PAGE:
‘His Mouth Is Closed’
In Svay Antor, one supporter of Sokha said this week that he had hurried to nearby Wat Pothivong to see the party leader face to face.
Sopheak* said he didn’t know in advance that Sokha would be visiting his commune last Saturday morning. But when one of Sokha’s bodyguards sent him a message informing him that Sokha was coming to town, Sopheak said he disregarded the guard’s advice to stay home and rushed to see the CNRP co-founder in person.
“We all wanted to see him because we had not seen him for several years,” since 2017, Sopheak said.
But other than a quick hello, the man said he didn’t dare to speak with Sokha during the hourlong visit.
The politician didn’t talk about anything related to politics, sticking to small talk with about 30 people gathered at the pagoda for a tree-planting ceremony, including monks; Sokha’s 10-person entourage, including his lawyer Chan Chen and spokesperson Yem Ponhearith; and a few locals.
“What he tried was to not speak much,” Sopheak said, adding that he mostly inquired with elderly people about their health, families and businesses.
Asked about why he thought Sokha, a “hero” to Sopheak and other CNRP supporters, was touring the provinces now, the man said Sokha’s trips were firstly about relieving stress, participating in social activities around the country and trying to relive good memories of the past by visiting places he had been before.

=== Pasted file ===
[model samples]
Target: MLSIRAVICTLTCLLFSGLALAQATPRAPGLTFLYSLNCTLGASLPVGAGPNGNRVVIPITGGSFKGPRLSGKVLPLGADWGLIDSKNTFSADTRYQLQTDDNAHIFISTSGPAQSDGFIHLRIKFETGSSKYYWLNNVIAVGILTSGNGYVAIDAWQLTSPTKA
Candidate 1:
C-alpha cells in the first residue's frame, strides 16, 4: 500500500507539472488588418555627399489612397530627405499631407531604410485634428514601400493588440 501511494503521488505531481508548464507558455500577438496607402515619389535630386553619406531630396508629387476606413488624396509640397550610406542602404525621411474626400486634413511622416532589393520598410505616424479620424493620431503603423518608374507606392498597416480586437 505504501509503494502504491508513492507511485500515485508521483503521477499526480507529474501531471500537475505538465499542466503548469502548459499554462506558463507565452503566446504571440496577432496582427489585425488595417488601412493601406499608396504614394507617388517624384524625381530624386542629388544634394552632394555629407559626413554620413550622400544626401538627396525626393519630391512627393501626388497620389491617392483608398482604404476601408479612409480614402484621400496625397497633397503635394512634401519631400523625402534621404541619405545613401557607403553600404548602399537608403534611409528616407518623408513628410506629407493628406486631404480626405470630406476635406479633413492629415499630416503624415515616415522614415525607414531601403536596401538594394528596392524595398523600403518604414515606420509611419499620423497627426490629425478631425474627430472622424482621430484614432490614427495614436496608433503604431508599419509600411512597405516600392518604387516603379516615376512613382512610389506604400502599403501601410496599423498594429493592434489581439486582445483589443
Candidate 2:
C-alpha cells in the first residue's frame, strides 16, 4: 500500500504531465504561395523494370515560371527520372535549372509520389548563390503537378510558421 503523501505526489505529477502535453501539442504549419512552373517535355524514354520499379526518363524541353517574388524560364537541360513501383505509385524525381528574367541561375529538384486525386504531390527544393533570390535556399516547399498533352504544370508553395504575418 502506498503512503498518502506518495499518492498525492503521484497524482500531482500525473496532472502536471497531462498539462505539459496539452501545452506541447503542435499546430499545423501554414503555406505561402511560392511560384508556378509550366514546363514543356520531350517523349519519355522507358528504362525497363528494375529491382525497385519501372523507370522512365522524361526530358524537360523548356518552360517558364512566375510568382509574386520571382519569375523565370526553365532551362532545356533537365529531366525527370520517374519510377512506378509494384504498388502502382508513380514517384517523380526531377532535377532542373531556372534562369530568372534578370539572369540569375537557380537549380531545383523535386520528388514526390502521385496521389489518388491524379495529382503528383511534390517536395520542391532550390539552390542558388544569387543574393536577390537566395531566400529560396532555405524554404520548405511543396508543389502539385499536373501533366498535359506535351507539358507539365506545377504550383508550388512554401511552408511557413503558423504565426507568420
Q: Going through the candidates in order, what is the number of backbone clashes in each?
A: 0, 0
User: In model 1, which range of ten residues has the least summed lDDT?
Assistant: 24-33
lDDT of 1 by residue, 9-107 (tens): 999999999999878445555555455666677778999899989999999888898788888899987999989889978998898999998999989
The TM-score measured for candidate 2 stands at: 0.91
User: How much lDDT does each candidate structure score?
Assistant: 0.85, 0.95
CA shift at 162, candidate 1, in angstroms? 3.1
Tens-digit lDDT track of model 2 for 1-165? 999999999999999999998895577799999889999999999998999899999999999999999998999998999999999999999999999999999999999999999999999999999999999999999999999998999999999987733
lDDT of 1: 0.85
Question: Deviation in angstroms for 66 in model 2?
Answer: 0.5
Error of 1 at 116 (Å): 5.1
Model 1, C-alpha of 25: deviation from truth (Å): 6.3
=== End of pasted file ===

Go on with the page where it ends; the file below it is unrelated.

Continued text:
But Sopheak also said the visits could be a kind of surveying of people to see whether they still support Sokha — an indirect way to conduct politics.
“I think the visit is a way to do politics, to show others, especially government leaders, that he could go anywhere to do environmental, religious and agricultural activities,” Sopheak said.
“His mouth is closed, but he can go anywhere. It’s a [political] movement to show others that he still has influence,” he said.
It would be surprising if the accused politician was to get arrested while planting trees or visiting a pagoda, said Sopheak, adding that he was glad to see Sokha visiting people outside the capital and not just saying home.
His mouth is closed, but he can go anywhere. It’s a [political] movement to show others that he still has influence.
But Wat Pothivong’s chief monk was less enthused when asked about Sokha’s recent visit, donation of trees and a painting inside the pagoda meeting hall that Sokha had funded four or five years earlier.
The monk, who declined to give his name to reporters, said Sokha had planted one of the 50 luxury-grade rosewood, or kra nhung, saplings he donated last Saturday, and after that the politician didn’t say much beyond asking some old women about their health.
Asked if he thought Sokha’s visit was altruistic charity or a photo op, the monk replied that the tree planting was meant to beautify the pagoda.
“I don’t want to see my pagoda’s name involved in politics,” he told VOD.